How often have you felt annoyed that your efforts to please another person weren’t appreciated? Perhaps you offered to help someone move house only to receive little thanks at the end of the day. Maybe you spend hours dreaming up fabulous meals to cook for a partner who’d be happier eating meat and three veg. Or perhaps you go above and beyond your role as a parent by driving your children and their friends all over town, buying presents for their friends when they earn their own money, or volunteering to tutor your child for their upcoming exams while trying to ignore their glazed eyes..
When we feel unappreciated, resentment builds up. In an argument, out comes the list of things we have done for the other person without any thanks. It can be infuriating when our partner or child points out that they didn’t ask for help in the first place. Hold on a second?? What?? Oh yes, that’s right – I offered. But shouldn’t we still receive thanks when we do a good deed? Shouldn’t our efforts be rewarded? Most people say that they don’t help others to get the thanks, but it’s amazing how often we forget this fact.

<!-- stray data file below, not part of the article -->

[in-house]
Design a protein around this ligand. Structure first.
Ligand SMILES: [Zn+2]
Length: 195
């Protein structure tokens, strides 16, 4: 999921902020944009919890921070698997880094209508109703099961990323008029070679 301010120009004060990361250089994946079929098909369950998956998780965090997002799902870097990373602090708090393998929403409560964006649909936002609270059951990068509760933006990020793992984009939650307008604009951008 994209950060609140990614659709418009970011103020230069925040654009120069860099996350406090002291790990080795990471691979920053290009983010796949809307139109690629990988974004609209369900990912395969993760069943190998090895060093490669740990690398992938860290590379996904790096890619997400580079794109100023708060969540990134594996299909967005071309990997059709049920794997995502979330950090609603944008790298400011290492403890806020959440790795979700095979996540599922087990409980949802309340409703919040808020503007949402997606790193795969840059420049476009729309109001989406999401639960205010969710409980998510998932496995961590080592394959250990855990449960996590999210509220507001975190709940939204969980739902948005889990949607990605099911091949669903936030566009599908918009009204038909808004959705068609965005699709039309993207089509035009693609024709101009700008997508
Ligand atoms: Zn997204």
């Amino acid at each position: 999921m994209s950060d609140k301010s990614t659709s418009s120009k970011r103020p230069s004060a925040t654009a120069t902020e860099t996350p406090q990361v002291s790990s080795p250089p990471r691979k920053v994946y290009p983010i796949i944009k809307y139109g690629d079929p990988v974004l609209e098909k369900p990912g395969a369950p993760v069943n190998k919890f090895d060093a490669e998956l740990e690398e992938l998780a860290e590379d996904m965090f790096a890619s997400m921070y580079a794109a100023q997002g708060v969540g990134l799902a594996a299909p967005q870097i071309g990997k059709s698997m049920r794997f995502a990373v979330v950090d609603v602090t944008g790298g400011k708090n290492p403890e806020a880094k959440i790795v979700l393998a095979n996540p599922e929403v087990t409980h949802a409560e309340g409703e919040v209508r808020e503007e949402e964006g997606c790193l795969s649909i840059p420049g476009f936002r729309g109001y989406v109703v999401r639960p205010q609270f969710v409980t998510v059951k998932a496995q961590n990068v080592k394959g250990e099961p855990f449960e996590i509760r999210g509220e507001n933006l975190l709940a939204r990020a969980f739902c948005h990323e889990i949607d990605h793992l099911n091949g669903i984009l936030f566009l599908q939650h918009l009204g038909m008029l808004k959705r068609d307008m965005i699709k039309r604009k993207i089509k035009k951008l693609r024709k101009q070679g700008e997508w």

For everybody’s sake it would be good if we all tried to:
- Give without the need for thanks
- Consider who we’re giving what to – does this person really want what I’m offering?
- And remember to thank others for their effort even if we didn’t ask them for it
Altruism increases our own level of happiness by giving us a sense of meaning and purpose. We don’t need thanks to feel good about being charitable. But we shouldn’t martyr ourselves by being everything to everyone only to end up feeling used.